The Michigan Wolverines moved to 10-0 on the season following a 34-3 win over Nebraska in the Big House on Saturday. Nebraska ran for 75 yards, making them the seventh UM opponent this season to be held under 100 yards rushing.
Amazingly, Hawaii’s 140 yards rushing against the Wolverines back in week two is still the best anybody has done on the ground against them, and about 115 of those yards came in the second half after Michigan already had a 42-0 lead.
Michigan’s defense continues to overwhelm overmatched and understaffed offenses. They haven’t even allowed 400 yards of total offense to an opponent yet this season.
But before you get too excited, this Nebraska team has the third-best offense Michigan has faced this year — and they’re ranked No. 86 in total offense. Seven of the Wolverines’ opponents are ranked 99th or worse, including four opponents ranked between 121 and 130.
Michigan continues to do what they’re supposed to do and nobody’s been able to put up enough of a fight to make them do something they don’t want to do. Until that happens, we should probably stop expecting them to be anything other than what they’ve been all year long.
When Michigan Was On Offense
Running back Blake Corum rushed for 162 yards on 28 carries in just three quarters of action. Michigan finished with 264 yards on the ground, averaging 5.4 yards per attempt.
I didn’t watch the game live, but after checking the box score Saturday night, I asked on Twitter why Corum needed to carry the ball 28 times. Turned out that maybe Donovan Edwards was a bit banged up, which would help explain him only carrying the ball twice.
Also, a lot of the responses I got surrounded the Heisman and that this was Jim Harbaugh keeping Corum in the discussion. That may be accurate, but this game was never going to carry any weight for Heisman voters. The Heisman will be won or lost in Columbus, for both Corum and Buckeye quarterback CJ Stroud. Nebraska hasn’t played a part in a Heisman decision in 20 years and Saturday wasn’t going to change that.
Going into this game, I thought this would have been a good opportunity for quarterback JJ McCarthy to throw the ball around and try to find some type of rhythm. Instead, he threw it 17 times and completed just eight passes. Nine of those passes came in the second quarter, so that was actually quite a few in one short span of time, but he completed just four of his attempts.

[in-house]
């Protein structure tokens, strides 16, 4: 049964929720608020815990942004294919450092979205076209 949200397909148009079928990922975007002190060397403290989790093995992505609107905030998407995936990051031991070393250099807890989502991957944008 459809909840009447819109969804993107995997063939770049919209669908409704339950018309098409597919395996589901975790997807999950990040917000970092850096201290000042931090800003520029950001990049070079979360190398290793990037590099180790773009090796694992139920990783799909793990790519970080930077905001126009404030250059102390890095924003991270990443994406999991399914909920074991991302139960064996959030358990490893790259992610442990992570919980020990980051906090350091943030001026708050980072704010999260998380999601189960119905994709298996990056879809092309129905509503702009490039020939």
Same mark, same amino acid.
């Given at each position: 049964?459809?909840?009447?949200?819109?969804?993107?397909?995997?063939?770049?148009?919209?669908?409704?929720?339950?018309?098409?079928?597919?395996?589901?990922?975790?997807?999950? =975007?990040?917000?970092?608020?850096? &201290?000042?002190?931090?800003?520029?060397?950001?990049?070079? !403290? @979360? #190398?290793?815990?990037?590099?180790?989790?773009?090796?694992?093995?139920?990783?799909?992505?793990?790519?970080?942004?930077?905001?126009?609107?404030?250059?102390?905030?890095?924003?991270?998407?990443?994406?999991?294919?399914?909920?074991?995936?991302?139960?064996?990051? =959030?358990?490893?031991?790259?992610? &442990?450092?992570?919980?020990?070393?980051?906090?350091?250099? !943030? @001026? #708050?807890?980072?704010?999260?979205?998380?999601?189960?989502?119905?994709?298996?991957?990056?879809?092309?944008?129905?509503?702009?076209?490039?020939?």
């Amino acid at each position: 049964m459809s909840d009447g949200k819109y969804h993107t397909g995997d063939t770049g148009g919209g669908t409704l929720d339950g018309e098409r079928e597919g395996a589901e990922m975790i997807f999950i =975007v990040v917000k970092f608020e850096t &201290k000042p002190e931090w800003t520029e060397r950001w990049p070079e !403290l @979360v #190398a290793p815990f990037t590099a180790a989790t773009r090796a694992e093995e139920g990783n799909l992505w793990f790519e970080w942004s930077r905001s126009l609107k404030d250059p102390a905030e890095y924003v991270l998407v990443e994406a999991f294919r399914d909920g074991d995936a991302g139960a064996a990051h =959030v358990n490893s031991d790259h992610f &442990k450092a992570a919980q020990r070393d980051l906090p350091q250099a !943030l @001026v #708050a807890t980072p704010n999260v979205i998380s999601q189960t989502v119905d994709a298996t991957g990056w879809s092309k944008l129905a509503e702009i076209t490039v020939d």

He kept trying to stretch the field in the second quarter, throwing four passes at least 30 yards downfield. All four passes were incomplete as the Wolverines continue to struggle finding consistency down the field.
Not having tight end Luke Schoonmaker healthy is an issue. He is their most consistent chain mover. Without Schoonmaker (and original starter Erick All), everybody had to move up a spot at tight end, which made them less effective running the ball out of 12 personnel at times.
Ronnie Bell led the team with 72 yards receiving on four catches and made a tremendous catch-and-run down the sideline. There is no doubting his athleticism and ability to make plays here and there, but if it all has to be after the catch, then he’s not going to be as effective as he could be.
But the inability to connect downfield isn’t just on McCarthy. We’ve said here for weeks that it’s a two-way street between the QB accuracy and the receivers’ ability to get open or make 50/50 catches. Actually, right now, it’s not even a two-way street. It’s two one-way streets that have yet to intersect.
As defenses have caught on with Michigan’s inability to stretch the field through the air, Blake Corum’s been less successful stretching it on the ground.
Corum has been fantastic this season and is probably the most consistent offensive player in the nation, but the lack of an explosive passing game is making life more difficult for him than it was supposed to be.
For instance, in Michigan’s first Big Ten game this season, Corum had five rushes over 20 yards. In his six conference games and 163 carries since, he’s had just four. His long run against Nebraska was just 12 yards, which is disappointing on Michigan’s part, but remarkable on Corum’s part because there is no 50-yard run to pad his stats. Every yard gained is a yard earned. The Michigan offensive line continues to move the line of scrimmage, but the line of scrimmage stops being a thing after a few yards when things break down.
Nebraska came into this game allowing a Big Ten-worst 13 rushes of 20 yards or more this season. The Wolverines’ long carry of the day was a 17-yarder by freshman CJ Stokes.
The field continues to compress for the Michigan offense. Corum and the offensive line continue to operate exceptionally well, but how much more ground can they afford to lose?
Meanwhile, Jim Harbaugh may be thinking the offense won’t be a concern once the offensive line is healthy and Schoonmaker and Edwards are 100% again. But without a dynamic passing game, this team is still limited in what they can do.
The Wolverines getting healthy on offense won’t win them a national title this year, but it might be enough to get them past Ohio State.
And right now, that’s still plenty good enough for the people at Michigan.
When Michigan Was On Defense